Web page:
Not Blacking Out, Just Turning The Lights Off by James Richards (2012, 17 min)
'The video examines the role of intimacy in relation to desire and physical proximity. Using images and sounds that are surrogates for the liquidity or porosity of the body, of being inside and outside, it slips between the sensual image and its abstraction' Isla Leaver-Yap
Wantee by Laure Prouvost (2012, 15 min)
Laure Prouvost created a dark muddy room at Grizedale Arts, which formed the setting for this video work which was originally presented as part of the exhibition at Tate Britain on the legacy of Kurt Schwitters. The room is conceived as the living room of Prouvost’s fictional grandfather. This invented relative is described as a conceptual artist and one of Schwitters’s close friends. Prouvost’s work draws upon the dual aspect of Schwitter’s work – his celebrated Merz works, as well as his conventional portraits and landscapes. The room also shares the features of a tea room, inspired by Schwitter’s companion’s nickname, Wantee, due to her habit of asking, ‘want tea?’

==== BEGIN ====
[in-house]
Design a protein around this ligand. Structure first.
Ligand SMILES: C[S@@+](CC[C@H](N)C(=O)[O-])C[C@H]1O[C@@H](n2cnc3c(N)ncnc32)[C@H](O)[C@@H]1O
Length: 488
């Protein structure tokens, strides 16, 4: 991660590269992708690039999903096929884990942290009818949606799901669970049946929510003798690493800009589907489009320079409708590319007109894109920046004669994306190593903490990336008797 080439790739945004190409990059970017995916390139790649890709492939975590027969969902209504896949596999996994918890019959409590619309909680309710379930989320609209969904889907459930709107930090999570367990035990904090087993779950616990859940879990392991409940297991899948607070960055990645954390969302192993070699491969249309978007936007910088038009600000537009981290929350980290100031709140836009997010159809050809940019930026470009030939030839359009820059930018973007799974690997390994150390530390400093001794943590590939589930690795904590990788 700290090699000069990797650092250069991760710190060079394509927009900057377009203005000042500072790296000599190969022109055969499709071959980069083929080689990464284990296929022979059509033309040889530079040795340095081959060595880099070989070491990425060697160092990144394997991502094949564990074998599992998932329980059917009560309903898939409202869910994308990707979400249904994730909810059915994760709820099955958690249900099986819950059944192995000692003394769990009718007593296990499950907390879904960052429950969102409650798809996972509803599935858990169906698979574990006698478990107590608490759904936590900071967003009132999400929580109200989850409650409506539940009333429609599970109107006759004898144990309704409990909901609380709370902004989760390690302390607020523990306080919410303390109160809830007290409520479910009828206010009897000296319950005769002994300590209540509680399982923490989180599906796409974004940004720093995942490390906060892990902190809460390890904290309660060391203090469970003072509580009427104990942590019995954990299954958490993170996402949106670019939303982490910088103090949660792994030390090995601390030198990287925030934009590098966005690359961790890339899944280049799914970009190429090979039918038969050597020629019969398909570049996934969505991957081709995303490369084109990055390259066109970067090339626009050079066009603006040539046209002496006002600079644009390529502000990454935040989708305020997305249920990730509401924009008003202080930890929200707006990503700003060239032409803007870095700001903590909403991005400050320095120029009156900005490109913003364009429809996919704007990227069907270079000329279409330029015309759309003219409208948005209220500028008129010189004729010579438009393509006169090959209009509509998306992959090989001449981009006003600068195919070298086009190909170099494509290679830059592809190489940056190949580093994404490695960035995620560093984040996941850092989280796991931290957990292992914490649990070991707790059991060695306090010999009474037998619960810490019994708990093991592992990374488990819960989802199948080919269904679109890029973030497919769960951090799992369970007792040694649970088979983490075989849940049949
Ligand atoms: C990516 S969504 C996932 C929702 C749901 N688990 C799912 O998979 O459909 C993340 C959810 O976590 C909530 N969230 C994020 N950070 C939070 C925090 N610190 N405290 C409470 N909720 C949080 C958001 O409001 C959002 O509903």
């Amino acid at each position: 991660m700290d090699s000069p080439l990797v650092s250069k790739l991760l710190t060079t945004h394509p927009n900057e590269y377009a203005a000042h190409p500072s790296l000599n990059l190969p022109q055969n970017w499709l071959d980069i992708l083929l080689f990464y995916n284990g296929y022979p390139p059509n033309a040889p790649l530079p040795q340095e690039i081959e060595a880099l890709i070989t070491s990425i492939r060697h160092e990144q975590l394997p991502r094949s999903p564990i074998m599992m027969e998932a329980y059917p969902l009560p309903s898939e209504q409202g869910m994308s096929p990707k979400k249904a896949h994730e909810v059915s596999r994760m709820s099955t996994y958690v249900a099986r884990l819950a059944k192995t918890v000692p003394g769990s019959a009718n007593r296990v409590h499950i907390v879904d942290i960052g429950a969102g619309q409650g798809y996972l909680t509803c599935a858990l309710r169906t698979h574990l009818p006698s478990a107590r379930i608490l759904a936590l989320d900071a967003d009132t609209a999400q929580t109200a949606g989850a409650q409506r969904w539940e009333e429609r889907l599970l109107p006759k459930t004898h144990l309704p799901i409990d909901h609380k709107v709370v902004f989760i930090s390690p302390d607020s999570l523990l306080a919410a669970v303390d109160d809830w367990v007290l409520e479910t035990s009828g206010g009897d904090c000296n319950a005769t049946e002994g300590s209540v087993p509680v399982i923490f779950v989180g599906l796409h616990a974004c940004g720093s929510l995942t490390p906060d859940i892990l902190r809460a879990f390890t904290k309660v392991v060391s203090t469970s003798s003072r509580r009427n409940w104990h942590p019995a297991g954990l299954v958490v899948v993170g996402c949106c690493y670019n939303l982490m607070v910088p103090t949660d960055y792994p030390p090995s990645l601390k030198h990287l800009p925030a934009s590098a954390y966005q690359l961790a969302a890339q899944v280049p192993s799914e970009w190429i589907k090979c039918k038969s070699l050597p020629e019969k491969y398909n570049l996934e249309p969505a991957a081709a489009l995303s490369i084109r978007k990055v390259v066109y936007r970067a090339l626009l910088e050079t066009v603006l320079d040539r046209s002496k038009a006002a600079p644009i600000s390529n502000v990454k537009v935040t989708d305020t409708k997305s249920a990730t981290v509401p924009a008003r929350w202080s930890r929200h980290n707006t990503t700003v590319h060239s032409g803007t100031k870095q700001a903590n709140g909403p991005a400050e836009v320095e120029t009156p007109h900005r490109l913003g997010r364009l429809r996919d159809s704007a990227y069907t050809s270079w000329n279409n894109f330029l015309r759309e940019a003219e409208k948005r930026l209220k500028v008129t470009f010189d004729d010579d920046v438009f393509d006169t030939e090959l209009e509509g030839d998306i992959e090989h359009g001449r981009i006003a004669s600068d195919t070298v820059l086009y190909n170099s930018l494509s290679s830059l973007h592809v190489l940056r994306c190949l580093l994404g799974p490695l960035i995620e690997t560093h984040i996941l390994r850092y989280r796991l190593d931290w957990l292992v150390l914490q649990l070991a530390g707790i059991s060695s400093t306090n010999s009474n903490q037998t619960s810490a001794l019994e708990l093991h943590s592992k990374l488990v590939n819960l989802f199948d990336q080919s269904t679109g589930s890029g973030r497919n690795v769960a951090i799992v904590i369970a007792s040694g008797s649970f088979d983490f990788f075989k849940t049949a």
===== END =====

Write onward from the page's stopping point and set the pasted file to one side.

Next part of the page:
Presenter Bio: Benjamin Cook is director of LUX, London. LUX is a London-based international arts agency that exists for the support and promotion of artists’ moving image practice and the ideas that surround it. LUX is the largest distributor of artist moving image work in Europe (representing 4500 works by approximately 1500 artists from 1920s to the present day).
Elizabeth Price (b. Bradford, 1966) lives and works in London. She received a Bachelors Degree in Fine Art at the Ruskin School of Art, Oxford University in 1988, and then an MA in Fine Art from the Royal College of Art in 1991. In 1999 Price completed a PhD in Fine Art at the University of Leeds. In 2004 Price won the Jerwood Artists Platform Prize. Between 2004-6 she was Research Fellow in Fine Art at London Metropolitan University and in 2007 was awarded the Stanley Picker Fellowship at Kingston University. Price won The Turner Prize 2012.